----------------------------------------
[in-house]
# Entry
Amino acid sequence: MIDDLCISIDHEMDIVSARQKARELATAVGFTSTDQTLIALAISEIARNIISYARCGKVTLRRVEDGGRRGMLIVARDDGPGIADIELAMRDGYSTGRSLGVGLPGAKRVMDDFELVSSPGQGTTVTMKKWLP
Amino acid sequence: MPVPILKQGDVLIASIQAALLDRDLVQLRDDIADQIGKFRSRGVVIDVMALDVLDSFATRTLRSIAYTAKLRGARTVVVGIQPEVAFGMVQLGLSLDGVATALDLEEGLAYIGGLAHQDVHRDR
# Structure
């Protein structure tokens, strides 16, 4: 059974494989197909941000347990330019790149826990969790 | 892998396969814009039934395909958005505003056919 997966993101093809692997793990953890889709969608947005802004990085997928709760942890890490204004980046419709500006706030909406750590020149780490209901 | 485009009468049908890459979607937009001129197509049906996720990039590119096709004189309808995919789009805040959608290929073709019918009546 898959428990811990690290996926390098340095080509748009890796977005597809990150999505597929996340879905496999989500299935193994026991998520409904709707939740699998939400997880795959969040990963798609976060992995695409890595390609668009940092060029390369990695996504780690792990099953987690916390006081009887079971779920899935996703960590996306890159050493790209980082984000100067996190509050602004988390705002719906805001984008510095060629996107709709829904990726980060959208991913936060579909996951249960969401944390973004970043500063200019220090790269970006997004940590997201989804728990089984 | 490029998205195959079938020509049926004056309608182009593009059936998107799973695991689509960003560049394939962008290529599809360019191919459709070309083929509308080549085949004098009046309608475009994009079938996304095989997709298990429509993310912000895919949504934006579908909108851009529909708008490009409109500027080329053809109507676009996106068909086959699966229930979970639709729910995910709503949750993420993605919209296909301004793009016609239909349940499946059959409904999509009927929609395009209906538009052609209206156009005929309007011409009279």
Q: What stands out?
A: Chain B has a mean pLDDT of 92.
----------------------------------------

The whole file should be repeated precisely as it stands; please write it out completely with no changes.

[in-house]
# Entry
Amino acid sequence: MIDDLCISIDHEMDIVSARQKARELATAVGFTSTDQTLIALAISEIARNIISYARCGKVTLRRVEDGGRRGMLIVARDDGPGIADIELAMRDGYSTGRSLGVGLPGAKRVMDDFELVSSPGQGTTVTMKKWLP
Amino acid sequence: MPVPILKQGDVLIASIQAALLDRDLVQLRDDIADQIGKFRSRGVVIDVMALDVLDSFATRTLRSIAYTAKLRGARTVVVGIQPEVAFGMVQLGLSLDGVATALDLEEGLAYIGGLAHQDVHRDR
# Structure
């Protein structure tokens, strides 16, 4: 059974494989197909941000347990330019790149826990969790 | 892998396969814009039934395909958005505003056919 997966993101093809692997793990953890889709969608947005802004990085997928709760942890890490204004980046419709500006706030909406750590020149780490209901 | 485009009468049908890459979607937009001129197509049906996720990039590119096709004189309808995919789009805040959608290929073709019918009546 898959428990811990690290996926390098340095080509748009890796977005597809990150999505597929996340879905496999989500299935193994026991998520409904709707939740699998939400997880795959969040990963798609976060992995695409890595390609668009940092060029390369990695996504780690792990099953987690916390006081009887079971779920899935996703960590996306890159050493790209980082984000100067996190509050602004988390705002719906805001984008510095060629996107709709829904990726980060959208991913936060579909996951249960969401944390973004970043500063200019220090790269970006997004940590997201989804728990089984 | 490029998205195959079938020509049926004056309608182009593009059936998107799973695991689509960003560049394939962008290529599809360019191919459709070309083929509308080549085949004098009046309608475009994009079938996304095989997709298990429509993310912000895919949504934006579908909108851009529909708008490009409109500027080329053809109507676009996106068909086959699966229930979970639709729910995910709503949750993420993605919209296909301004793009016609239909349940499946059959409904999509009927929609395009209906538009052609209206156009005929309007011409009279």
Q: What stands out?
A: Chain B has a mean pLDDT of 92.